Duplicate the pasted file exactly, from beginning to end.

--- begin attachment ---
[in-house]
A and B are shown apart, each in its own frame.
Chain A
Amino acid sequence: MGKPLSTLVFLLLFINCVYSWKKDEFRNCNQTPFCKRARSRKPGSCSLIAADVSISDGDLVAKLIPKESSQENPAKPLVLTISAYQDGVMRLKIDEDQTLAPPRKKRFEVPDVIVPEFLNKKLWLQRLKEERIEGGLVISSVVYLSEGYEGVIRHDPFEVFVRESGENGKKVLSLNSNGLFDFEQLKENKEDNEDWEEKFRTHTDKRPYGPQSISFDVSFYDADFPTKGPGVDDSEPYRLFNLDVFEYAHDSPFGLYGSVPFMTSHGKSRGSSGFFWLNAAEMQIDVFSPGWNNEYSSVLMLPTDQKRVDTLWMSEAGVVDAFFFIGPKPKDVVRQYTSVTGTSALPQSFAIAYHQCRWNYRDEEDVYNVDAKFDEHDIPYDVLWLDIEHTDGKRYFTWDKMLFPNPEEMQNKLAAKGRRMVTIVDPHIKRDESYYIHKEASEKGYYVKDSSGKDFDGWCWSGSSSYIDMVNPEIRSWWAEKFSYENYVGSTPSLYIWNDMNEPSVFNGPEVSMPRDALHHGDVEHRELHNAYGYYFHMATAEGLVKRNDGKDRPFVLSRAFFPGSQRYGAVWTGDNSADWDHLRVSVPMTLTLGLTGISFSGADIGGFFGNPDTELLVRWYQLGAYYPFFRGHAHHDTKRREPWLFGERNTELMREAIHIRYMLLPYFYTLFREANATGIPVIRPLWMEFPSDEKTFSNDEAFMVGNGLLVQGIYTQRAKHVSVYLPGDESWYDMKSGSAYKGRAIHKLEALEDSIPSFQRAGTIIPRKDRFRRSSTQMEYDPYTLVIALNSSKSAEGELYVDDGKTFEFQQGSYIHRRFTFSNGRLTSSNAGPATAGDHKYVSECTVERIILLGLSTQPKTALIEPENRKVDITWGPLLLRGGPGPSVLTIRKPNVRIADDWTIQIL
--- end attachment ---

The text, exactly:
[in-house]
A and B are shown apart, each in its own frame.
Chain A
Amino acid sequence: MGKPLSTLVFLLLFINCVYSWKKDEFRNCNQTPFCKRARSRKPGSCSLIAADVSISDGDLVAKLIPKESSQENPAKPLVLTISAYQDGVMRLKIDEDQTLAPPRKKRFEVPDVIVPEFLNKKLWLQRLKEERIEGGLVISSVVYLSEGYEGVIRHDPFEVFVRESGENGKKVLSLNSNGLFDFEQLKENKEDNEDWEEKFRTHTDKRPYGPQSISFDVSFYDADFPTKGPGVDDSEPYRLFNLDVFEYAHDSPFGLYGSVPFMTSHGKSRGSSGFFWLNAAEMQIDVFSPGWNNEYSSVLMLPTDQKRVDTLWMSEAGVVDAFFFIGPKPKDVVRQYTSVTGTSALPQSFAIAYHQCRWNYRDEEDVYNVDAKFDEHDIPYDVLWLDIEHTDGKRYFTWDKMLFPNPEEMQNKLAAKGRRMVTIVDPHIKRDESYYIHKEASEKGYYVKDSSGKDFDGWCWSGSSSYIDMVNPEIRSWWAEKFSYENYVGSTPSLYIWNDMNEPSVFNGPEVSMPRDALHHGDVEHRELHNAYGYYFHMATAEGLVKRNDGKDRPFVLSRAFFPGSQRYGAVWTGDNSADWDHLRVSVPMTLTLGLTGISFSGADIGGFFGNPDTELLVRWYQLGAYYPFFRGHAHHDTKRREPWLFGERNTELMREAIHIRYMLLPYFYTLFREANATGIPVIRPLWMEFPSDEKTFSNDEAFMVGNGLLVQGIYTQRAKHVSVYLPGDESWYDMKSGSAYKGRAIHKLEALEDSIPSFQRAGTIIPRKDRFRRSSTQMEYDPYTLVIALNSSKSAEGELYVDDGKTFEFQQGSYIHRRFTFSNGRLTSSNAGPATAGDHKYVSECTVERIILLGLSTQPKTALIEPENRKVDITWGPLLLRGGPGPSVLTIRKPNVRIADDWTIQIL